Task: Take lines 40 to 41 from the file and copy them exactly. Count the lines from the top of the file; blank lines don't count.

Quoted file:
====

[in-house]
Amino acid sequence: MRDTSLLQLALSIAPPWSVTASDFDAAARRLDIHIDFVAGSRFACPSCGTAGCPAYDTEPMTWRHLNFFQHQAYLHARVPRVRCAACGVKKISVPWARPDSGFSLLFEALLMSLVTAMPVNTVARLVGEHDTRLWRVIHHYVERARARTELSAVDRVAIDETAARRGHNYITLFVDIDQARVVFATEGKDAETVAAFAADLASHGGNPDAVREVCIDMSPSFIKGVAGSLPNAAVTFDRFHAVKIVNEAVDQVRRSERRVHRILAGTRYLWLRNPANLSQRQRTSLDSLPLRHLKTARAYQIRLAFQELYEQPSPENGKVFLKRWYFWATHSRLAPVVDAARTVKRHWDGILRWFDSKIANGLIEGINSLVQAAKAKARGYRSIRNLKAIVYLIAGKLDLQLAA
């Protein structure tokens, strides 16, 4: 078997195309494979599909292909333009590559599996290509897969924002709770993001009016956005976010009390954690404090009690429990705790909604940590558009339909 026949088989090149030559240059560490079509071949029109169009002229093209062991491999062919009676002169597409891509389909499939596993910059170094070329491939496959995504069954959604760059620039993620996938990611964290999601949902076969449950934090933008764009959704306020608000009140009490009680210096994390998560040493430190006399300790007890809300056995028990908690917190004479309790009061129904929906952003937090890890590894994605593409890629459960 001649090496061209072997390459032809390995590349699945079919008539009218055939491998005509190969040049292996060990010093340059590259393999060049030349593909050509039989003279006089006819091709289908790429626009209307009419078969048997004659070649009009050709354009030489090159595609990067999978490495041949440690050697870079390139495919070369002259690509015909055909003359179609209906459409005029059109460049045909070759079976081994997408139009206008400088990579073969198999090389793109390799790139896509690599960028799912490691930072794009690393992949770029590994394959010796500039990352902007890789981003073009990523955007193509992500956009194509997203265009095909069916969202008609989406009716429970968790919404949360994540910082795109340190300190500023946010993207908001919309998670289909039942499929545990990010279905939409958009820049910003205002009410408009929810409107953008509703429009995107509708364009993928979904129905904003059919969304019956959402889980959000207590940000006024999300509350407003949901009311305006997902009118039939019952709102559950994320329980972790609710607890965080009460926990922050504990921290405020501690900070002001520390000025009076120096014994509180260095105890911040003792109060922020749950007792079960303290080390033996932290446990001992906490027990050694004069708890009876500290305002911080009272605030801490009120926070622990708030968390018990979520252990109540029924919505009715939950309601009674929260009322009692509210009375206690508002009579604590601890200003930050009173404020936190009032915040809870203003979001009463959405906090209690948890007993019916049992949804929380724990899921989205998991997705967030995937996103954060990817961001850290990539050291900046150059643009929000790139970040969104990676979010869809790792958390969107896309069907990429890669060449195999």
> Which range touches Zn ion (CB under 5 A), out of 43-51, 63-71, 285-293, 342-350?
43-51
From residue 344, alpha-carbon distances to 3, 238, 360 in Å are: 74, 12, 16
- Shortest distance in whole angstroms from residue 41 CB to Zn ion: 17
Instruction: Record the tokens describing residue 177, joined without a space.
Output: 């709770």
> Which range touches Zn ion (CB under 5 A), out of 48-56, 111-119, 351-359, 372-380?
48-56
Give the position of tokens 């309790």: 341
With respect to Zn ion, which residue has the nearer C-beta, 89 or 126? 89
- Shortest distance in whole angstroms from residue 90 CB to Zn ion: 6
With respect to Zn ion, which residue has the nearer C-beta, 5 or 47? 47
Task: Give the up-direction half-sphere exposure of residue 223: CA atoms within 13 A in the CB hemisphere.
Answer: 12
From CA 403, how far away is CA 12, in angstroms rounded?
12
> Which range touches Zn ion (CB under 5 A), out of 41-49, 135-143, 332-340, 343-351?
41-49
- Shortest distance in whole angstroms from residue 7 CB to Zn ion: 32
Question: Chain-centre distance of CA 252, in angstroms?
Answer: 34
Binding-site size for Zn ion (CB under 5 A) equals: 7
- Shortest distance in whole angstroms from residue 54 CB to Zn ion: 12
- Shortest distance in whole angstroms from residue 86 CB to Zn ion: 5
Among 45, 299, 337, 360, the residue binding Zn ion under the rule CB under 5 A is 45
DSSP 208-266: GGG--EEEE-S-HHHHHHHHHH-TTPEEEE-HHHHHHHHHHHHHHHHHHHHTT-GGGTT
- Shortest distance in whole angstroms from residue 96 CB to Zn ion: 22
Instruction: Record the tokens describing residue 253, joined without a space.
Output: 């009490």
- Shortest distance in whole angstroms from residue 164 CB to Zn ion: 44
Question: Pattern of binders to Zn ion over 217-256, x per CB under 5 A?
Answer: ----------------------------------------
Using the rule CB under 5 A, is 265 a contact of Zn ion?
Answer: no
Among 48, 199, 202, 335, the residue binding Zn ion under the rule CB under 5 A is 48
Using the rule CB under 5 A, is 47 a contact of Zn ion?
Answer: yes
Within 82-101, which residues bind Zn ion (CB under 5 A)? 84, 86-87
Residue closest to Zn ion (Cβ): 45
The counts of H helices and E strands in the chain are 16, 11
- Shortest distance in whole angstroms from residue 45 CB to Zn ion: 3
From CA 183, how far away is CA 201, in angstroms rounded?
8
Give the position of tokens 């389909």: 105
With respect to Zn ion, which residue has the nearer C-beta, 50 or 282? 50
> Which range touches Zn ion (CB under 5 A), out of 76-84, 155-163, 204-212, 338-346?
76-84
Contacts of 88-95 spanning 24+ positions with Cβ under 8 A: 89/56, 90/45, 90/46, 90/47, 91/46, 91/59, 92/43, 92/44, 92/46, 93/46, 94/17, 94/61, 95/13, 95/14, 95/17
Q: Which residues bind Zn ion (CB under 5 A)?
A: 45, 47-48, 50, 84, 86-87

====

Answer: yes
Within 82-101, which residues bind Zn ion (CB under 5 A)? 84, 86-87